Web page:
- The Washington Times - Monday, September 25, 2017

The House Permanent Select Committee on Intelligence has set a Thursday hearing on “document production” following the chairman’s threat to drag the attorney general and FBI director before the panel if they failed to turn over subpoenaed documents related to the Russia investigation.

It’s unclear whether any of the documents requested by Rep. Devin Nunes, California Republican and the panel chairman, have been provided to the committee or if either Attorney General Jeff Sessions or FBI Director Christopher A. Wray will appear at the hearing.

But the event has the potential to heighten tensions between the Justice Department and congressional investigators as numerous probes into Russian efforts to influence the presidential election are ongoing.

The committee sent a pair of subpoenas to the Justice Department and the FBI last month, according to a letter authored by Mr. Nunes.

The letter seeks documents related to the agencies’ relationship with former British spy Christopher Steele, who authored a salacious dossier of President Trump’s supposed activities in Russia, as well as any copies of Foreign Intelligence Surveillance Act applications that relied upon information provided by Mr. Steele.



Subpoenas were served on the Justice Department and FBI on Aug. 24, initially requesting the information by Sept. 1, and later extended the deadline to Sept. 14.

Mr. Nunes‘ spokesman has declined to comment on whether any of the requested documents were provided as well as on the nature of the “document production” hearing included on the committee’s calendar.

A Justice Department spokeswoman wouldn’t say whether Mr. Sessions has been asked to or intends to appear at the hearing.

“Discussions with the committee are ongoing, and we have asked that the subpoenas that had compliance dates continue to be on hold during that process,” said spokeswoman Sarah Isgur Flores.

Partisan divisions have emerged within the House Intelligence Committee, with Democrats concerned Republicans’ efforts to gather information on the dossier and its author are meant to undermine claims about the Trump campaign.

As part of his subpoena, Mr. Nunes sought records about the FBI’s relationship with Mr. Steele, including any payments made to him or any efforts to corroborate information he provided the bureau. He also sought copies of any FISA applications or orders that specifically incorporated information provided by Mr. Steele, his sources or Fusion GPS, the opposition research firm that paid Mr. Steele to collect intelligence on the Trump campaign’s ties with Russia.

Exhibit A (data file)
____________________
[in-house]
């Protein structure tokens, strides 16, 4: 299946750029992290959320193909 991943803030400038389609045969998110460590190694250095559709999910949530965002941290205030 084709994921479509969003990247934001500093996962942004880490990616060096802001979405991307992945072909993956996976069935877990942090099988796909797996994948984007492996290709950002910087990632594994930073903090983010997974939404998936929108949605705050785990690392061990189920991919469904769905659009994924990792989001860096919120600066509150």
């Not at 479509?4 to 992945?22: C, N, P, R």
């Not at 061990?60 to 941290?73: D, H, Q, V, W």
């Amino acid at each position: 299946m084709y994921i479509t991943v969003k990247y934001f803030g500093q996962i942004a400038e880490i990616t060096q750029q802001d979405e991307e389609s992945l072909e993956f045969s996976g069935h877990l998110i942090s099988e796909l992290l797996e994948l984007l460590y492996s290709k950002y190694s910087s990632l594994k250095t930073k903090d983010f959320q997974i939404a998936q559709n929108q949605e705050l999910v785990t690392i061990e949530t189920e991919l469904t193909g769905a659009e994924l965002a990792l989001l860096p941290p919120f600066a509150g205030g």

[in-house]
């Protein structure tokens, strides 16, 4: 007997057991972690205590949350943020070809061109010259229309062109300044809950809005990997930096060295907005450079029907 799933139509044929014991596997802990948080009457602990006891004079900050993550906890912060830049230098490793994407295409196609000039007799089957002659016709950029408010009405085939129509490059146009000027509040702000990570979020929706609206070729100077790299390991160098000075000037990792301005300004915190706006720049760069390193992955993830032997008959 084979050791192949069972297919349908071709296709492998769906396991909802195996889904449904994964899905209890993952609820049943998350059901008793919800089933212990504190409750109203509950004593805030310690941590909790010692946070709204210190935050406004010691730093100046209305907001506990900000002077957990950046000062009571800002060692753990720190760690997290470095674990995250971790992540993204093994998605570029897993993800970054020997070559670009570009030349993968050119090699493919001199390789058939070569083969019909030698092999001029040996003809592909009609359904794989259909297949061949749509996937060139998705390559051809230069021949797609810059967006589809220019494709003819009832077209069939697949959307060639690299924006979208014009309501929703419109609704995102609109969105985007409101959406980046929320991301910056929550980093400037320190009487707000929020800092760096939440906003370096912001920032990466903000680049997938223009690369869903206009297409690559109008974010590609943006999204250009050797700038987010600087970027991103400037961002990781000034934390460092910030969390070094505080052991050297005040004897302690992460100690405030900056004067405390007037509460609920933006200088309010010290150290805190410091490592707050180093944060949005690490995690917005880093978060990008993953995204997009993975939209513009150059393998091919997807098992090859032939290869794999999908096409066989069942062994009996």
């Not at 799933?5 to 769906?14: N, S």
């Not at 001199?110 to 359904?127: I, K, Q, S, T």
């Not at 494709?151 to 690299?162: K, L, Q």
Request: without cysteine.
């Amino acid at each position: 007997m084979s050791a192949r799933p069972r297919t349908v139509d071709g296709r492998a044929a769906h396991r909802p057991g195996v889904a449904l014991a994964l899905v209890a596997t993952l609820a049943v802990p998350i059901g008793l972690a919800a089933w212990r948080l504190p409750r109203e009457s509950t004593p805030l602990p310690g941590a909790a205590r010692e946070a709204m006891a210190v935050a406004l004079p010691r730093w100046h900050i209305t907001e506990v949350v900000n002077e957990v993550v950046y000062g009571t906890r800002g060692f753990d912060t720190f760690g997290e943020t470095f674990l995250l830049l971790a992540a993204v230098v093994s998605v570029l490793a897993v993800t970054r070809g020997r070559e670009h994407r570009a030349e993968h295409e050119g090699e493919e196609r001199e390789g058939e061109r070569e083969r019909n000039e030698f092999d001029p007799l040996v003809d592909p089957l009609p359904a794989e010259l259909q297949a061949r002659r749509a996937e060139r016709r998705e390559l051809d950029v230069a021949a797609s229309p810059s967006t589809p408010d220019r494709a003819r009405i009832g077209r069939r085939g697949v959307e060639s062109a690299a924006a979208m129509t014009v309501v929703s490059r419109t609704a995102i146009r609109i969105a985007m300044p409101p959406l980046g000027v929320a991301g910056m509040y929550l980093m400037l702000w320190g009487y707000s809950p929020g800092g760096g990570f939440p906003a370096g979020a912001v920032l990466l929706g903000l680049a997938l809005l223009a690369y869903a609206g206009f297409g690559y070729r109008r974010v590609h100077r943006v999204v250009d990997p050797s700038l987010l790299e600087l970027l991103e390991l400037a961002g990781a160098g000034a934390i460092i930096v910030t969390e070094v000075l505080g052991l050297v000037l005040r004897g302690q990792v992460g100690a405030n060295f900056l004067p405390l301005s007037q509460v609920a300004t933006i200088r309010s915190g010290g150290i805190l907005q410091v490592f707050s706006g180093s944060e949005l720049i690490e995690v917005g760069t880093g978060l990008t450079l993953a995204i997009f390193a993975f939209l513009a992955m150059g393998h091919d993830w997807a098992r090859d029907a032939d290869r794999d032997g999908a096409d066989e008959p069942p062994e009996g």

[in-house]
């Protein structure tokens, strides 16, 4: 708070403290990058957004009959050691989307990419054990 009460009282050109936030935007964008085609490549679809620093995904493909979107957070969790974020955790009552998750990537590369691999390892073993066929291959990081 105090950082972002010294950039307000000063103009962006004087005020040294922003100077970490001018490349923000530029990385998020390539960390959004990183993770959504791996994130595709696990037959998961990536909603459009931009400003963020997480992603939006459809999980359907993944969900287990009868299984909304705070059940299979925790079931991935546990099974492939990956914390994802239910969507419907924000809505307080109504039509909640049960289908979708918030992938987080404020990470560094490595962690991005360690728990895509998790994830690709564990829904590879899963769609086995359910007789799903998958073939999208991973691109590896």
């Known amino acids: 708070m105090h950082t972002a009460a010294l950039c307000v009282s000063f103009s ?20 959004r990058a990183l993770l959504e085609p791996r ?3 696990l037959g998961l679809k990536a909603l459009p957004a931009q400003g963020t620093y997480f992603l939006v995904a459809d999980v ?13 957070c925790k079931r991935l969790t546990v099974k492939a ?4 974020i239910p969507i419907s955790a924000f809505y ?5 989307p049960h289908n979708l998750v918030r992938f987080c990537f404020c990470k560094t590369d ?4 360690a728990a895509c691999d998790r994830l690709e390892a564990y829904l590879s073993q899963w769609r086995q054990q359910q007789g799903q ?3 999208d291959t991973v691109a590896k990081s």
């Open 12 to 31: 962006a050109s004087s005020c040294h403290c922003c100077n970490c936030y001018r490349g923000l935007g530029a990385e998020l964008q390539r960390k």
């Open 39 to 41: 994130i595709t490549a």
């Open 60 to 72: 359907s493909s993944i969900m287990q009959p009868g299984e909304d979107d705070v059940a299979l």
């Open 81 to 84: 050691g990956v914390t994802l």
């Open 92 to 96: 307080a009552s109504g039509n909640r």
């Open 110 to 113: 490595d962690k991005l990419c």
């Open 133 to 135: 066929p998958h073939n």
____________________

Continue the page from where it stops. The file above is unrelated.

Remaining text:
Last week, a spokesman for former Trump campaign chairman Paul Manafort, who was reportedly surveilled twice under FISA orders, questioned the evidence investigators used to substantiate the wiretaps.

“It’s not clear what went into the petition. It’s not clear how strong the case was,” Manafort spokesman Jason Maloni told The Washington Times.

Mr. Nunes‘ letter claims that at one point his committee sought relevant FISA applications and orders and was allowed to review “responsive documents on a read-and-return-basis” but that it was not provided with copes of the documents and has not been allowed to review them again. Mr. Nunes stepped back from the committee’s investigation into Russian interference because of an ethics review into his handling of classified information, but other Republicans on the committee have said they support the line of inquiry about the dossier.

In the past, Mr. Nunes has most prominently pushed the angle that Obama-era officials, including former National Security Adviser Susan E. Rice and former U.N. Ambassador Samantha Power, inappropriately asked to identify, or “unmask,” American citizens caught up in U.S. intelligence intercepts of foreign figures — in a covert attempt to implicate a number of Trump campaign officials.

If the FBI and Justice Department decline to turn over the requested documents, Mr. Nunes said he’d ask Mr. Wray and Mr. Sessions “to explain under oath DOJ’s and FBI’s unwillingness or inability to comply with the full subpoenas.”

If both men refuse to turn over the documents or appear before the committee to explain their rationale, the committee is prepared “to proceed with any and all available legal options,” Mr. Nunes wrote. That includes holding them in contempt of Congress.

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